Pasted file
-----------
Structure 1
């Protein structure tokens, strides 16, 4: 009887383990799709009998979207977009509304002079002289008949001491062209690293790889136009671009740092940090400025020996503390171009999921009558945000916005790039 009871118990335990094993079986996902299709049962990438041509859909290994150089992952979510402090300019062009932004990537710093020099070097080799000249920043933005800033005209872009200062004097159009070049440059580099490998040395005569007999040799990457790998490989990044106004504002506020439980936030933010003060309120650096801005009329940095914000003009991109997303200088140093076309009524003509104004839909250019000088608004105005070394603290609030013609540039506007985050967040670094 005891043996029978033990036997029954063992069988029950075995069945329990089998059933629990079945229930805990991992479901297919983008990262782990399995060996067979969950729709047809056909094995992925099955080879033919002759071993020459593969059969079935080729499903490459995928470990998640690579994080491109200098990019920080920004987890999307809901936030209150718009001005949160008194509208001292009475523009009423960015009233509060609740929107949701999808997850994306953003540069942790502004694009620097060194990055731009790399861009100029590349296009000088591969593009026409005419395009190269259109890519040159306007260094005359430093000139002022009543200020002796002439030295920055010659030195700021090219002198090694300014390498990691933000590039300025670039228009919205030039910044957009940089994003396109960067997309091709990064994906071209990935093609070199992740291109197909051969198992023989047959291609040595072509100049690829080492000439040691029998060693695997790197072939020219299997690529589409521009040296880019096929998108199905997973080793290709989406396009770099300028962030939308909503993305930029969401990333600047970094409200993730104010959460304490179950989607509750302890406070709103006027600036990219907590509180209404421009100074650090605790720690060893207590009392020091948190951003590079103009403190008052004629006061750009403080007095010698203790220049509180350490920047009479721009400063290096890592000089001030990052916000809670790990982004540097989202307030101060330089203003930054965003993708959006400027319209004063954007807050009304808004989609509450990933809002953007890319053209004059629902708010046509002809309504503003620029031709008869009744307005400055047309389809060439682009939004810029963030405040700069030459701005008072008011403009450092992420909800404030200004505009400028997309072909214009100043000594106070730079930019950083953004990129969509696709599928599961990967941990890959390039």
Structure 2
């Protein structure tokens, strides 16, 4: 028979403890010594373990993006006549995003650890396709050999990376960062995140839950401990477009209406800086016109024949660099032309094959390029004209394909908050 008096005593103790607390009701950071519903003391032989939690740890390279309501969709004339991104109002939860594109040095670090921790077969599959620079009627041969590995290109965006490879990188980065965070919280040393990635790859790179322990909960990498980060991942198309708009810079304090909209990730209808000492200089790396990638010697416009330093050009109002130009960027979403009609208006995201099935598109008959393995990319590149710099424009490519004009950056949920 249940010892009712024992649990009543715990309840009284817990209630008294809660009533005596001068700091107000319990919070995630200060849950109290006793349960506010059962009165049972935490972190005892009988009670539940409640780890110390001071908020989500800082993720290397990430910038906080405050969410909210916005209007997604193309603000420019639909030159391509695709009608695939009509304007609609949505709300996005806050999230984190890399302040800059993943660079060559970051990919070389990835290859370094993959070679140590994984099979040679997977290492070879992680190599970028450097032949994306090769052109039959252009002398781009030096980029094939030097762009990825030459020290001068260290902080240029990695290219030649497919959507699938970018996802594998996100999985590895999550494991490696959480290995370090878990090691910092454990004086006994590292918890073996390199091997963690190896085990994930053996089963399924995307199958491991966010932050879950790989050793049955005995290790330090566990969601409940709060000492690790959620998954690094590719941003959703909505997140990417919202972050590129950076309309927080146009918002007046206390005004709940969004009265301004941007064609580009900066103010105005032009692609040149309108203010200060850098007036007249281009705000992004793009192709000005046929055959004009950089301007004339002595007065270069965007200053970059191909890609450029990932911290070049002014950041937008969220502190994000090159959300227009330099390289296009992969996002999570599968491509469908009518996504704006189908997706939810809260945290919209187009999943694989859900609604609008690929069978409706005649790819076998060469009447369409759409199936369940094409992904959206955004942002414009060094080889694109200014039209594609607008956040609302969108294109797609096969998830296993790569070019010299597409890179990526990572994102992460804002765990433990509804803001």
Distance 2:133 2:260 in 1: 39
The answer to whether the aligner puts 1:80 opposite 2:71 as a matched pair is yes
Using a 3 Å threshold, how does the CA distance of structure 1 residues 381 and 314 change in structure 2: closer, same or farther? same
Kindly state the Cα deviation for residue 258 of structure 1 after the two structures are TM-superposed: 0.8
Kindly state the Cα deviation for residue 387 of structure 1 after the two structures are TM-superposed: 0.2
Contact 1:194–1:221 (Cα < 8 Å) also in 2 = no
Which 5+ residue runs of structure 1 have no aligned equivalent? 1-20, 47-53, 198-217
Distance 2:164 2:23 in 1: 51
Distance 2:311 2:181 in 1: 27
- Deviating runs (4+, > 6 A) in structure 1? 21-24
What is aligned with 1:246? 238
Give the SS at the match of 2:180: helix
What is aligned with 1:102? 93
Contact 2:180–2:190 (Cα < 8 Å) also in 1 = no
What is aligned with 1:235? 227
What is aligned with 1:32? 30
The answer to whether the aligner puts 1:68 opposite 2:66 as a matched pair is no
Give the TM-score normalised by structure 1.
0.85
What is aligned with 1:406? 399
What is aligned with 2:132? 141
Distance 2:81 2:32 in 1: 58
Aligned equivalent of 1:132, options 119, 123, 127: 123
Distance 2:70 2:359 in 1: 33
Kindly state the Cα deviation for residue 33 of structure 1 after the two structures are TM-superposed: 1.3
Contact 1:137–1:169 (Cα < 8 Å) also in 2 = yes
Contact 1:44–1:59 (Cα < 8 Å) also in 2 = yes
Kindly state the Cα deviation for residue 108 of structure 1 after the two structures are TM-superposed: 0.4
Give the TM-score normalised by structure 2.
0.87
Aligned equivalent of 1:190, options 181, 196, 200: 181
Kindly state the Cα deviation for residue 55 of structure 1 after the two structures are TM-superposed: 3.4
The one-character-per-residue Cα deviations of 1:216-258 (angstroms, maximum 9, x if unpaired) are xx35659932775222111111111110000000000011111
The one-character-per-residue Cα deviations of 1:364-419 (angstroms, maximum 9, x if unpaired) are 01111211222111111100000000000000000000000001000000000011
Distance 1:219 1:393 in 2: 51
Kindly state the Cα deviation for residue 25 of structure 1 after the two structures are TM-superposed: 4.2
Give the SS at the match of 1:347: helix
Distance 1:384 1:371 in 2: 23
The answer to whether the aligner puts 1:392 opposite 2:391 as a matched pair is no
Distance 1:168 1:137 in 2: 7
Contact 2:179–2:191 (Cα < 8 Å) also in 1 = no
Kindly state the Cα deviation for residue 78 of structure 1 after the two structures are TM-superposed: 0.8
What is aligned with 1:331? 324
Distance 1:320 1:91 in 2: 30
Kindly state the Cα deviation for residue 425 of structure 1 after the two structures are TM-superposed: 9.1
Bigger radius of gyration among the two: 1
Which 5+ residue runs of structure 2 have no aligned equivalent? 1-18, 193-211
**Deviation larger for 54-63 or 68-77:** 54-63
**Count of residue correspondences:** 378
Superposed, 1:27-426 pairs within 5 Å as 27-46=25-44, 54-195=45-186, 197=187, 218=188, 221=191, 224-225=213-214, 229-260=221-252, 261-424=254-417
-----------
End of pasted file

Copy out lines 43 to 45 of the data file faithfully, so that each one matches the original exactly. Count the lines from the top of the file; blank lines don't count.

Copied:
The answer to whether the aligner puts 1:392 opposite 2:391 as a matched pair is no
Distance 1:168 1:137 in 2: 7
Contact 2:179–2:191 (Cα < 8 Å) also in 1 = no